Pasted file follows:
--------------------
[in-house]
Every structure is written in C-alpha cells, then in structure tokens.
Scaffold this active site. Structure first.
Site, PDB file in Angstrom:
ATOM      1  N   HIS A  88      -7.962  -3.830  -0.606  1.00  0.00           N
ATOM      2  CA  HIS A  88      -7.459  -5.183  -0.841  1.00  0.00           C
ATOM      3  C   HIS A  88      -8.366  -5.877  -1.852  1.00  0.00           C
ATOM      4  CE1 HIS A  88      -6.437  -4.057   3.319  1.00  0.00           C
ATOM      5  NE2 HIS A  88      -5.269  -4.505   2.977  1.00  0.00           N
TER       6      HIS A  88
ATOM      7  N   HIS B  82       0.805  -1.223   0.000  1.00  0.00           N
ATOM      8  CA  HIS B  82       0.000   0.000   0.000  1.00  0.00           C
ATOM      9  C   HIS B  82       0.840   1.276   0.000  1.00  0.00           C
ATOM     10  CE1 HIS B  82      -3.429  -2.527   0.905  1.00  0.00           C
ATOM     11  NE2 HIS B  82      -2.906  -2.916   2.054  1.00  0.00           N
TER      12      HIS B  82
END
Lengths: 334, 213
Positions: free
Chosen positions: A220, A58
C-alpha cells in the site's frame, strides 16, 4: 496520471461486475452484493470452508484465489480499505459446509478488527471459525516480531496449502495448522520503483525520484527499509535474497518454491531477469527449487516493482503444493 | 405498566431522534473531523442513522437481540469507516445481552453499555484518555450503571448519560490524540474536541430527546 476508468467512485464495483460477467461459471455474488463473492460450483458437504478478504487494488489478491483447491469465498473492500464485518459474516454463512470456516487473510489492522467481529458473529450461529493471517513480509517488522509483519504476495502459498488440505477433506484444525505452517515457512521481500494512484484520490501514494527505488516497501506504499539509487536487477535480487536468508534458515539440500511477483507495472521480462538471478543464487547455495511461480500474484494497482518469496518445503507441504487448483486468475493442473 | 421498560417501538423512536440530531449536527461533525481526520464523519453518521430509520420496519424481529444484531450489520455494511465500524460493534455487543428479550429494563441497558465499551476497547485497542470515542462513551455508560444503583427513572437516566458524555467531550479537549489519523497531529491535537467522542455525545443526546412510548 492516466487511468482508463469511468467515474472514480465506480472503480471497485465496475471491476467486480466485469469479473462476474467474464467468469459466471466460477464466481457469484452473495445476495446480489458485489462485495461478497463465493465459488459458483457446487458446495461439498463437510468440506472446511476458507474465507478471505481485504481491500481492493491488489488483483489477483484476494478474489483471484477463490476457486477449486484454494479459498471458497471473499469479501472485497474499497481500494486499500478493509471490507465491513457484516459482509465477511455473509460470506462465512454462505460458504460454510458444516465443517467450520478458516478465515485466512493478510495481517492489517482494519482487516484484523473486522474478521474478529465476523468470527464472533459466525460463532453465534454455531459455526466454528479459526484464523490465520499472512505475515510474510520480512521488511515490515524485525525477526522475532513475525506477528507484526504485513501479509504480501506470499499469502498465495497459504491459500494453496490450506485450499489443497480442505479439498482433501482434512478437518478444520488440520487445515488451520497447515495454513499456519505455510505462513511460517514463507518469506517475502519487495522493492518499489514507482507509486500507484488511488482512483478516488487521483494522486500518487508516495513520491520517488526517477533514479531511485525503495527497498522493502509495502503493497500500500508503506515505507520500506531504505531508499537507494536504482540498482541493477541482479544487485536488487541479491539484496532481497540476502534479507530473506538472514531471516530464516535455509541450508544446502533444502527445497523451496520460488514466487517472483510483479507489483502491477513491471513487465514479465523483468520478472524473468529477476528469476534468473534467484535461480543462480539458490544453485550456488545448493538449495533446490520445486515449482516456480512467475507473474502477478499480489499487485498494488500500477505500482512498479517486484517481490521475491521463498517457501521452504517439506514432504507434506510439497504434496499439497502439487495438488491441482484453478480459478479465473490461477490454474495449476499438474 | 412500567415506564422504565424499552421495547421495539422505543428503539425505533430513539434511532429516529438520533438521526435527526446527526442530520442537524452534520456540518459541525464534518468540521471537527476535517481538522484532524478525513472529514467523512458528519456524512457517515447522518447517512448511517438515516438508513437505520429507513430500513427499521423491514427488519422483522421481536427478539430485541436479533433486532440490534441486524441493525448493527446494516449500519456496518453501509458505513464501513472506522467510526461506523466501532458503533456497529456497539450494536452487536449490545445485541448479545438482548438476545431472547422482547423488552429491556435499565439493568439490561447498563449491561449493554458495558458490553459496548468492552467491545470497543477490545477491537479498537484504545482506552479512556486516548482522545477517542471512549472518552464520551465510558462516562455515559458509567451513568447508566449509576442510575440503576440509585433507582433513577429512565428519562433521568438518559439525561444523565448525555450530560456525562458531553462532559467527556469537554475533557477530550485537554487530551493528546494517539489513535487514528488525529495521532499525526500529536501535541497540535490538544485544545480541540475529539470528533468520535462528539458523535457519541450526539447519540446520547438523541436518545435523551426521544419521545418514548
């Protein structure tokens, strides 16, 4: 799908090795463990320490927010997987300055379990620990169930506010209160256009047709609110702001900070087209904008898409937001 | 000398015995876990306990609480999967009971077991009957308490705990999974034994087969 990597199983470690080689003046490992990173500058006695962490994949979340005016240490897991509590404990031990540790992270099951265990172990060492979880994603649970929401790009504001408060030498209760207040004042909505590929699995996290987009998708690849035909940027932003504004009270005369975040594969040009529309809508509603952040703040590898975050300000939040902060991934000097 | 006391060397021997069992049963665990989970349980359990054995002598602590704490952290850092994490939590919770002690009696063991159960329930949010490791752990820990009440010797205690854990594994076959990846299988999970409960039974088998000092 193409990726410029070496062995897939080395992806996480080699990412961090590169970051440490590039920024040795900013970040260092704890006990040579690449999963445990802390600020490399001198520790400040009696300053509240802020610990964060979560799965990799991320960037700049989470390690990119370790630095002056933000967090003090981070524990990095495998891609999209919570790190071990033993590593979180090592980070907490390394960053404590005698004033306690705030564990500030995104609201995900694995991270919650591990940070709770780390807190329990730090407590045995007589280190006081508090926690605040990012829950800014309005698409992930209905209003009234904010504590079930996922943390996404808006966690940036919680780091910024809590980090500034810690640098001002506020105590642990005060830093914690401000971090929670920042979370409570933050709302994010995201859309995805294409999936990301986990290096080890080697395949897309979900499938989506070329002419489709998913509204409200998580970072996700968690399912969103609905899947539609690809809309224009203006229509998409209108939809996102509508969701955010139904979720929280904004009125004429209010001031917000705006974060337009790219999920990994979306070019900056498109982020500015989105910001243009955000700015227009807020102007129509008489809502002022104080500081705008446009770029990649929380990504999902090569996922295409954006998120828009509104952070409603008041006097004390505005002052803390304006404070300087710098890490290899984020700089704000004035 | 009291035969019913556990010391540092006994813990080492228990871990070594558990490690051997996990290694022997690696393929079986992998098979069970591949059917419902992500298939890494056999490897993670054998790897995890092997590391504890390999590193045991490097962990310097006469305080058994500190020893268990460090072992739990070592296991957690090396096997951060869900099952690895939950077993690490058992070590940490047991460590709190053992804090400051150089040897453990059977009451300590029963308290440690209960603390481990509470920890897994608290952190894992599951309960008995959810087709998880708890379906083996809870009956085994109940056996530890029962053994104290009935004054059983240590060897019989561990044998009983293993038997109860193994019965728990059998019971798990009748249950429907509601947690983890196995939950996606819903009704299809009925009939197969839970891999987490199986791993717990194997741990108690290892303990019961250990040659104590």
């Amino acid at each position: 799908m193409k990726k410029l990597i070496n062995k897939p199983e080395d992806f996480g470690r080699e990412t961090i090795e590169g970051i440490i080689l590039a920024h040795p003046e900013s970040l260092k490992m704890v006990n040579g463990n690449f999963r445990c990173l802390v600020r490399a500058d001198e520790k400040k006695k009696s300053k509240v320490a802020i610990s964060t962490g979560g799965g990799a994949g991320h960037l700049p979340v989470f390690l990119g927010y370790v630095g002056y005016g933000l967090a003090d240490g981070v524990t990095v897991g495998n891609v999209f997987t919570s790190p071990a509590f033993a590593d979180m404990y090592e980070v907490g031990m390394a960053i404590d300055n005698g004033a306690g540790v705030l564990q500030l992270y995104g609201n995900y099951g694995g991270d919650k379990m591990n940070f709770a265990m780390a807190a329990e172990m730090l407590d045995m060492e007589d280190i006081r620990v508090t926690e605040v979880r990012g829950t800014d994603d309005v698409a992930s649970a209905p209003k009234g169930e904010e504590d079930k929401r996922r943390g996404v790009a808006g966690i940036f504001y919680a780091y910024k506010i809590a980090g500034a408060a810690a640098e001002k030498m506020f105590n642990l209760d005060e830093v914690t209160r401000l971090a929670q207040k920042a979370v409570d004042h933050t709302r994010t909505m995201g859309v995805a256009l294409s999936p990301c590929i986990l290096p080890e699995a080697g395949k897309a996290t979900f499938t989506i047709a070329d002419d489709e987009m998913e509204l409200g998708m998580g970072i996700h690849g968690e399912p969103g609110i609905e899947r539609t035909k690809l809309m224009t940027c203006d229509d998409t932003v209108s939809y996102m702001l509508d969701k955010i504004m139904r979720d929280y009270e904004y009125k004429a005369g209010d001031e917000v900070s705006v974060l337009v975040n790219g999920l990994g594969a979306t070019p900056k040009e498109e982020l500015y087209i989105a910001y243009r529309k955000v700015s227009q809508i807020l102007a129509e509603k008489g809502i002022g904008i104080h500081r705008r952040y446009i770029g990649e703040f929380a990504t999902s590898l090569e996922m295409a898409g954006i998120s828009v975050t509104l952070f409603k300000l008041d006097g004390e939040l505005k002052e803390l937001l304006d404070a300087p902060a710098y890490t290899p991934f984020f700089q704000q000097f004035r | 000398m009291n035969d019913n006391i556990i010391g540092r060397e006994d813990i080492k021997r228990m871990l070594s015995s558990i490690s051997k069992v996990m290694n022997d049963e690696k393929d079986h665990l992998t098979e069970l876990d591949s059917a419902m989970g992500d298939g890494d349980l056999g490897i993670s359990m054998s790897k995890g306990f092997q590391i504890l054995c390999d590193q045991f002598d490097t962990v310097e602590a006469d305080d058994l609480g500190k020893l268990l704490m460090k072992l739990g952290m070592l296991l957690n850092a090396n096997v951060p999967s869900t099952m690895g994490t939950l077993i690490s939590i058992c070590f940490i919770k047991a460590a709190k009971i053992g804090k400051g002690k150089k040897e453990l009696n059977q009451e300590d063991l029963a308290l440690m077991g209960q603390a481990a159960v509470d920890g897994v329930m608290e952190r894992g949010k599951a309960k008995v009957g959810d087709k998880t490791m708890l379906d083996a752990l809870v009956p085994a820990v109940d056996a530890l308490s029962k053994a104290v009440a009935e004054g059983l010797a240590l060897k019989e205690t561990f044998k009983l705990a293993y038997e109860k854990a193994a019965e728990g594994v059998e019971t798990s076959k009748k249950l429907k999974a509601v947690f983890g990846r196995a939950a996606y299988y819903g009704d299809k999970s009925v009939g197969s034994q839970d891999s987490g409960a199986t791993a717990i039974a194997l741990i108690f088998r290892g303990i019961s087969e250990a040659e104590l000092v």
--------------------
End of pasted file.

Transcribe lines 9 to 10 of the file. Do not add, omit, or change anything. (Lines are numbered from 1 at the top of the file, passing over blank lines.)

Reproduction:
ATOM      5  NE2 HIS A  88      -5.269  -4.505   2.977  1.00  0.00           N
TER       6      HIS A  88